In “The Estimation Results” section, we present two models, M1-M2. M1 measures the relationship between age and the IPP score. M2 controls this statistical relationship for formal education, documented skills and several other variables. Previous analyses of the PIAAC data have documented a systematic reduction in skills by age, which is interpreted as expressing a skill loss by age in most countries (Desjardins and Warnke 2012). Given that skills are expected to be positively related to IPP (H2b), we also expect that the inclusion of the skills level (together with the other control variables) in M2 reduces the correlation between the IPP score and age compared to M1. We therefore formulate the following hypothesis:
H4: (a) The inclusion of the control variables in M2 reduces the relationship between the IPP score and age compared to M1, and (b) the employee’s profession is one of the most important control variables.
If the inclusion of control variables in M2 reduces the statistical effect of age on IPP, control variables with significant effects on IPP function as mediators of age differences in M1 (the bivariate case). The reason for this is that age is an underlying variable, and the control variables are intermediate variables, in M2. If H4b is strengthened without support for H4a, we can argue that the allocation of learning and demanding work tasks is linked to the employee’s profession, i.e. this allocation depends on whether a person’s employment is regulated by a service or labour contract (cf. Goldthorpe 2007). Here, occupation serves as an explanatory variable in addition to age in M2. If the profession mediates age differences in the sense that both H4a and H4b are supported, Goldthorpe’s clarification of Lazear’s theory is strengthened (Lazear 1979; Goldthorpe 2007). In this case it is only rational for employers to enter into long-term employment contracts with employees in specific positions, the so-called ‘service contracts’. For older workers, we imagine that if this is the case with wages, it also applies to the allocation of learning and demanding work tasks as measured by our IPP index.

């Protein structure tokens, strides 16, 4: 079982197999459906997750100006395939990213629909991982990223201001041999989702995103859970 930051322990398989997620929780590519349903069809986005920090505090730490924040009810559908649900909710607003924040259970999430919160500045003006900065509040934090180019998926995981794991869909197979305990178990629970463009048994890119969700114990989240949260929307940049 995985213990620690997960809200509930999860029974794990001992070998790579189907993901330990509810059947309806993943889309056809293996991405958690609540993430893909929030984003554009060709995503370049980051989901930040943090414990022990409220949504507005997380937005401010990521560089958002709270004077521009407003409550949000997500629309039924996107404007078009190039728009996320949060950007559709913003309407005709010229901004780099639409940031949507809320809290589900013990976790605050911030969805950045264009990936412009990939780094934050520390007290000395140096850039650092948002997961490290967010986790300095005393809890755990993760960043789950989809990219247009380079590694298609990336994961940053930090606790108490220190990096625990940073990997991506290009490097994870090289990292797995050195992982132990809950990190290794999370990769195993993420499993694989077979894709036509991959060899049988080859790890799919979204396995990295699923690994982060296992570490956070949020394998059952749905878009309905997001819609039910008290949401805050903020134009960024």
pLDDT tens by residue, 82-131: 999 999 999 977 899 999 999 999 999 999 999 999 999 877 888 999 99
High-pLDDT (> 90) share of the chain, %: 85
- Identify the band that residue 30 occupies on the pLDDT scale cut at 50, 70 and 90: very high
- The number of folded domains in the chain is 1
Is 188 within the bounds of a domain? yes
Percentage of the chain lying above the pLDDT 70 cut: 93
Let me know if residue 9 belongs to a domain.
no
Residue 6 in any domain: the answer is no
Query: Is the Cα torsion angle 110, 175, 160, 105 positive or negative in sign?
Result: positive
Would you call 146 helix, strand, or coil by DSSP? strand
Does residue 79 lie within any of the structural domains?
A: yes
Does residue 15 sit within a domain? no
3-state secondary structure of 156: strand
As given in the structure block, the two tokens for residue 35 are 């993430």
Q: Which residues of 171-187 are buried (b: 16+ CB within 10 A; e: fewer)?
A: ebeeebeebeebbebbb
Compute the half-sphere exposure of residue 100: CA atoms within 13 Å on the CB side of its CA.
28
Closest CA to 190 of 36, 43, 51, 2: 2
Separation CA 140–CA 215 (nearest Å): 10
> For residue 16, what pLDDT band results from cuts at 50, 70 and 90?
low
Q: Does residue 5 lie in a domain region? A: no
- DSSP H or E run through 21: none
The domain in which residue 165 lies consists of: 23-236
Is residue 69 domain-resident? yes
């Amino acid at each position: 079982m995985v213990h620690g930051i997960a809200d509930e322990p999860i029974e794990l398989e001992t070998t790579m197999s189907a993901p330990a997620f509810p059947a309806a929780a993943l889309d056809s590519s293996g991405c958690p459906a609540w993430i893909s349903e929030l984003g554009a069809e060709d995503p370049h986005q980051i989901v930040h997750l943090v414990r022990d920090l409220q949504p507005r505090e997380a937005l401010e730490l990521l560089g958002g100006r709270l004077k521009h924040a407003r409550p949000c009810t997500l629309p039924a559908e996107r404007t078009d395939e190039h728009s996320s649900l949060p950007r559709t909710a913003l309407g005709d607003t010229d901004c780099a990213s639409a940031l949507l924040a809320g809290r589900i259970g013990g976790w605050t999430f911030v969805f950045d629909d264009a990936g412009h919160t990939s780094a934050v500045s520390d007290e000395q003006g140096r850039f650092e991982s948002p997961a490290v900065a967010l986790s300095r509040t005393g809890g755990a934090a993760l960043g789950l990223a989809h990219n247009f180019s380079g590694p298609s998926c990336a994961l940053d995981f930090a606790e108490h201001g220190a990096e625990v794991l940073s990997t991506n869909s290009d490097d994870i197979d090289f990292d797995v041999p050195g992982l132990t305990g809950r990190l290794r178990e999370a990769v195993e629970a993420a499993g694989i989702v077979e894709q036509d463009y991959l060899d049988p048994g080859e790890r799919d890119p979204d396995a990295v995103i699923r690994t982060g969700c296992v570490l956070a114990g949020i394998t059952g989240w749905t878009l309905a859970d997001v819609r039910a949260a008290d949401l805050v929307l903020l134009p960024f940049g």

The hypotheses H1-H4 will be tested in the analysis.
The Data and Method
In the analysis, we use individual-level data from the PIAAC database. The data is collected using personal interviews. Basically, 200,588 persons in 31 countries are included in the data set. Four of the 31 countries (Austria, Canada, Germany, the US) are excluded from the sample since all values are missing for at least one of the explanatory variables. This reduces the sample to 158,300 persons. All the remaining 27 countries are included in the sample.
We only include employees and not self-employed in the sample. The reasons are that dummy variables for firm size are included as control variables in the regressions, and firm size only refers to employees. Persons with missing values for at least one of the explanatory variables are excluded from the sample, with two exceptions: persons with unknown educational level or firm size are included in the sample. The sample is also limited to the age group 20–59 years. However, most countries have a formal retirement age that is higher than 59 years.
The final sample consists of 75,777 employees living in 27 European and non-European countries. The sample size (N) by country is shown in Tables 1 and 2. The data for the Russian Federation only covers the Moscow municipal area.
The Dependent Variable